Hockey fans across the country observed a collective moment of silence on Wednesday as ESPN announced 100 layoffs to some of their best employees. Notably, Pierre LeBrun, Joe McDonald, and Scott Burnside were told that their services were no longer needed by the “Worldwide Leader.”  These gentlemen represent some of the finest hockey writers and contributors in the sport and essentially leaves ESPN’s hockey cupboard bare, Barry Melrose notwithstanding.  Also in limbo is the contract status of “Cawlidge Hawkey” cult hero, John Buccigross.  Buccigross’ contract is up this summer, however, no word has been given on whether he will receive a new deal.

Immediately after the bloodletting of the NHL team at ESPN, the founder of our site, Joe Rozycki, had this tweet:

Let that sink in for a moment…

So, what does this all mean for the sport of hockey in North America? On the surface, it further alienates what most already consider a niche sport. Of the four major sports leagues in the United States (NHL, NBA, MLB, and the NFL), hockey has long received the least amount of coverage. Even with its’ own network, hockey still seems to be in recovery mode from the numerous work stoppages over the years.  Hockey lovers have long heard the excuses from those outside our world of sick dangles, bardowns, and stick taps: I can’t follow the puck. I thought icing was something you put on a cake. Why do they fight? What’s a powerplay? How does offsides work?  And while we laugh at those novice questions, until we start to take the time to answer them is our sport going to grow or slowly slither further in obscurity? I can’t imagine my life without hockey in it, but a lot of folks, seemingly, can’t grasp having it in their life. Every time I attend a game where there is an obvious novice fan around me, I always try to initiate a conversation with them at some point and explain the game and answer their questions. Is it annoying sometimes? Maybe, but at some point, somebody did the same for each of us.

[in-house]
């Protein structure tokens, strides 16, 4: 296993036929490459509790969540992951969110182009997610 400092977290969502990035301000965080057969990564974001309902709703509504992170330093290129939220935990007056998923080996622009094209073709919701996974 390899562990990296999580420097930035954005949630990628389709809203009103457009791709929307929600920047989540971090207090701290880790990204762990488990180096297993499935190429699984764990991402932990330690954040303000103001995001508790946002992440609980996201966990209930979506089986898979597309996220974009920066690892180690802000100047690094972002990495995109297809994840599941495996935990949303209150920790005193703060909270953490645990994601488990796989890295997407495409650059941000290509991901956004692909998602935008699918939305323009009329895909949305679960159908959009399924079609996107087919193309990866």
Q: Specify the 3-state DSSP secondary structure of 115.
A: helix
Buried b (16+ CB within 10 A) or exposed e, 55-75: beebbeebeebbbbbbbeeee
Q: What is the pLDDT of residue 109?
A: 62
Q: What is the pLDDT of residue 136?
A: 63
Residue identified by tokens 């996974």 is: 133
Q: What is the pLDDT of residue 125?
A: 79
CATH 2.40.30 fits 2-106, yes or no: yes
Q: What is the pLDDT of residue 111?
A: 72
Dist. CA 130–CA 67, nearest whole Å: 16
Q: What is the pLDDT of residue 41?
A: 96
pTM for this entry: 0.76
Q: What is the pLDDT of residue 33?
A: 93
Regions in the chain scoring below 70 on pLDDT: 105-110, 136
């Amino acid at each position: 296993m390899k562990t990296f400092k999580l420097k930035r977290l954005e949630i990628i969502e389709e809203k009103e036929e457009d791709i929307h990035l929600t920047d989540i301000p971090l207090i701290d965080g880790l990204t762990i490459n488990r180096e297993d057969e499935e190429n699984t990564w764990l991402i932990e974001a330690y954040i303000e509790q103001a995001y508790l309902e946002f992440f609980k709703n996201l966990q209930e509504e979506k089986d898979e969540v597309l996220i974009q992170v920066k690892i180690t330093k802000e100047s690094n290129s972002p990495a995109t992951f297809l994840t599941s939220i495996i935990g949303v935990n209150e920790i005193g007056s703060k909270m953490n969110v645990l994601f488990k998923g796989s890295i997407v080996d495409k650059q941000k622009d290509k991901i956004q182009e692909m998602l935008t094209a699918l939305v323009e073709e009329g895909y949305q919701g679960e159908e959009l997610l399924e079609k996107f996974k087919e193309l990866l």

The NHL needs an image adjustment and if you’re asking what this has to do with minor league hockey; it has everything to do with our level of the sport. When the NHL thrives, people seek out their local hockey clubs to take in the product they’re exposed to on TV, regardless of what level of hockey that may be.  Obviously, the NHL can’t afford to take another work stoppage. I don’t care what it takes, they have to get a new labor contract in place well before a work stoppage is even an option laid out on the table. One more stoppage in play and the NHL will find itself in further decline and one it may not be able to survive.  While we may not see hockey as a niche sport, many in North America do and work stoppages further disengage an audience that is already on the fence about the legitimacy and value of our sport.